I do regret seeing the demise of all those stores, though. And I can't help thinking if employees were consistently well trained and incentivized for good customer service, merchandise of consistently good quality, and the experience overall good, and had the companies gotten on top of integrating technology with the experience, that they could survive. (For example, say a customer wants a particular item that isn't in the store the customer goes in, don't send the customer running all over town between stores - have a rapid delivery system from a central warehouse to the store and from other stores to the store where the customer wants to get it or even to the customer's home - rapid as in within hours. And call or text the customer after delivery to see how their experience went. )

I'm not a business person (although it interested me in my younger years), so I can just reflect on my own experience over the years.

ETA: Let me make my post actionable by asking: How about names of department and other stores with good customer experience and likely to stay in business - i.e. that are bucking the trend? I'd like to give them a try. (For shopping, not for investing outside of what the index provides.)
I don't know anything.

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JoMoney
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Re: Sears, a 125 year old company is now a penny stock.

Post by JoMoney » Mon Oct 01, 2018 11:13 am

Herekittykitty wrote:
Mon Oct 01, 2018 10:26 am
... How about names of department and other stores with good customer experience and likely to stay in business - i.e. that are bucking the trend? I'd like to give them a try. (For shopping, not for investing outside of what the index provides.)
Costco is the only large department store I shop at that has decent customer service, but the 'store experience' leaves something to be desired.
Walmart is lousy all-around, but it's usually cheapest and most convenient, hard to beat them on price.
I like Target, it's competitively priced and as convenient as Walmart, and I don't feel dirty after going there... but they seem to be struggling more than Walmart.
"To achieve satisfactory investment results is easier than most people realize; to achieve superior results is harder than it looks." - Benjamin Graham

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Re: Sears, a 125 year old company is now a penny stock.

Post by Wagnerjb » Mon Oct 01, 2018 8:34 pm

arcticpineapplecorp. wrote:
Sun Sep 30, 2018 7:52 pm

perhaps I have it reversed. Instead of saying "Don't buy individual stocks" I should have said "Don't buy stocks individually." Does that better capture the essense?

When I say "Don't buy individual stocks" what I really mean is to suggest in conrast to "Buy the market" (which means don't buy them individually, own them all". I could have also said, "Don't buy individual stocks, buy the stock market"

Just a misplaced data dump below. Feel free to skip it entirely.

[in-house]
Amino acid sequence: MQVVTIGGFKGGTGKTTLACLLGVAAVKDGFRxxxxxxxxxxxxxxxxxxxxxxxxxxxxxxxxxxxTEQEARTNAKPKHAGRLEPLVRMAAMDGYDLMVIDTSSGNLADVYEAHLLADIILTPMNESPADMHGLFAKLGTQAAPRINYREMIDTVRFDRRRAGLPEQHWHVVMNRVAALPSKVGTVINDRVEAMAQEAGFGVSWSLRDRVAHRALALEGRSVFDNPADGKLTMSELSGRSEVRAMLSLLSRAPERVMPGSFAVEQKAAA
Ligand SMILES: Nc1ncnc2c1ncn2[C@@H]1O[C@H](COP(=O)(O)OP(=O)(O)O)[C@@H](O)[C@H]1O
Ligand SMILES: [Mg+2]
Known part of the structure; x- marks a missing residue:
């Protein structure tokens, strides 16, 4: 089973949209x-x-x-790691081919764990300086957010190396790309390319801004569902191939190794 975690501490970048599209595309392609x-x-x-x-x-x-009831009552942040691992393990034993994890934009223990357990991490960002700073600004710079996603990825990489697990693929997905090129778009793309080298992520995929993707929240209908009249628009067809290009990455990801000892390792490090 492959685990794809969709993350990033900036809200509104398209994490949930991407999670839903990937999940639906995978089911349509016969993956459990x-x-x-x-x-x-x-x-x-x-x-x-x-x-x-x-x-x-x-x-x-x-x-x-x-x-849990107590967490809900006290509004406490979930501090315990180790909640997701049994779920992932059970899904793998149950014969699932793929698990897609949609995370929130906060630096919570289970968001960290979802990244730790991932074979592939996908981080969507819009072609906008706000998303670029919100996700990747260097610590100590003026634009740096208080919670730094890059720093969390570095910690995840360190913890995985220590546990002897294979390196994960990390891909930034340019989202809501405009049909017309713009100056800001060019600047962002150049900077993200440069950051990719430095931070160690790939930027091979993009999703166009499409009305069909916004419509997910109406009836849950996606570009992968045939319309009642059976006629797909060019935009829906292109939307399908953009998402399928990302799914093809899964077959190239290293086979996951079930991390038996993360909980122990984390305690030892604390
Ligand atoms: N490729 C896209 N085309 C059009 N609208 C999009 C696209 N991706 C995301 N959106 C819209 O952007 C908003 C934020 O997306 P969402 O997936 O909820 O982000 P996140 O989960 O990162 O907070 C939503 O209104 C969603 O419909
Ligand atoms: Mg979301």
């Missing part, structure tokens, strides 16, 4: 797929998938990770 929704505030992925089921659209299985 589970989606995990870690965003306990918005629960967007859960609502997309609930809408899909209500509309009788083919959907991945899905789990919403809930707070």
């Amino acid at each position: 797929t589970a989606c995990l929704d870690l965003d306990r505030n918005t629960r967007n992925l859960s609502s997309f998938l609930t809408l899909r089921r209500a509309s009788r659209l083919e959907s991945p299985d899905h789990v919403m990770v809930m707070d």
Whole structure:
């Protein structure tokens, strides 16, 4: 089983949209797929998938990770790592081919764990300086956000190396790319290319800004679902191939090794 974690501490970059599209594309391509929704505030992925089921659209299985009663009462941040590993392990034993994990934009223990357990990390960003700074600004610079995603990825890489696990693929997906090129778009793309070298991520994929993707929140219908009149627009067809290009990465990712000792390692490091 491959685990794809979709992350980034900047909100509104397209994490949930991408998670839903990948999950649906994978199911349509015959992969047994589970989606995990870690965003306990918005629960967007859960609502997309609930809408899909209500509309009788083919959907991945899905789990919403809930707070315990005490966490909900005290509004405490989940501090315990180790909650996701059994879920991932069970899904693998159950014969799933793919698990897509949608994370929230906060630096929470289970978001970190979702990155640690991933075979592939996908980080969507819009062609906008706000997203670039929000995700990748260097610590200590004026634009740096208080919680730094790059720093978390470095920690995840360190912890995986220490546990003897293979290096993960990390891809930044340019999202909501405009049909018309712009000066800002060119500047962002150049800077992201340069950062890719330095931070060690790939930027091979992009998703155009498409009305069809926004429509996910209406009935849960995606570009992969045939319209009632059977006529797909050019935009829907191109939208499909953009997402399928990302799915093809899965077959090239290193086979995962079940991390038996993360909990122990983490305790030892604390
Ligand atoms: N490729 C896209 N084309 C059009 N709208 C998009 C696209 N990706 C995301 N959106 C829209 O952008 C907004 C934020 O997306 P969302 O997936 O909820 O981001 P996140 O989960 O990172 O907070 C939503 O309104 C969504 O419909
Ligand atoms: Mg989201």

language can be a difficult and confusing thing. Thanks.
I don't think you understood my point. Let me restate. The problem is not with individual stocks, it is with the lack of diversification. You could buy 35 large cap individual stocks (as done by the mutual fund BRLIX) and your performance would likely match that of the Vanguard Large Cap index fund. (Yes, they essentially tied over 10 years).

You can achieve diversification by purchasing individual stocks, but that obviously isn't the recommended course of action on this forum. But it is important to understand the proper strategy. The proper strategy is to diversify adequately, not necessarily to buy an index fund. Owning an "index fund" that its based on a very narrow slice of the market isn't a good strategy either.

Best wishes.
Andy

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Re: Sears, a 125 year old company is now a penny stock.

Post by DartThrower » Wed Oct 03, 2018 7:23 am

And here's a followup article on Sears. Each new article sounds more like an epitaph than an analysis.

http://knowledge.wharton.upenn.edu/arti ... 2018-10-02

To make this actionable, what impact would this have on malls? Will repurposing happen quickly enough and effectively enough to save most of them?

REITs look so undervalued and then you read things like this...

Quoting Mark Cohen, a former chairman and CEO of Sears Canada, Lazarus Department Stores and Bradlees:
As Sears closes more and more stores, it will accelerate the secular decline of malls across the country. Cohen said between 800 and 1,000 malls are “at risk” across the country. “The majority of them are in trouble and aren’t going to extract themselves because they don’t have enough economic energy to warrant the reinvestment that would be required.
A Boglehead can stay the course longer than the market can stay irrational.

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Re: Sears, a 125 year old company is now a penny stock.

Post by Valuethinker » Wed Oct 03, 2018 3:58 pm

JoMoney wrote:
Mon Oct 01, 2018 11:13 am
Herekittykitty wrote:
Mon Oct 01, 2018 10:26 am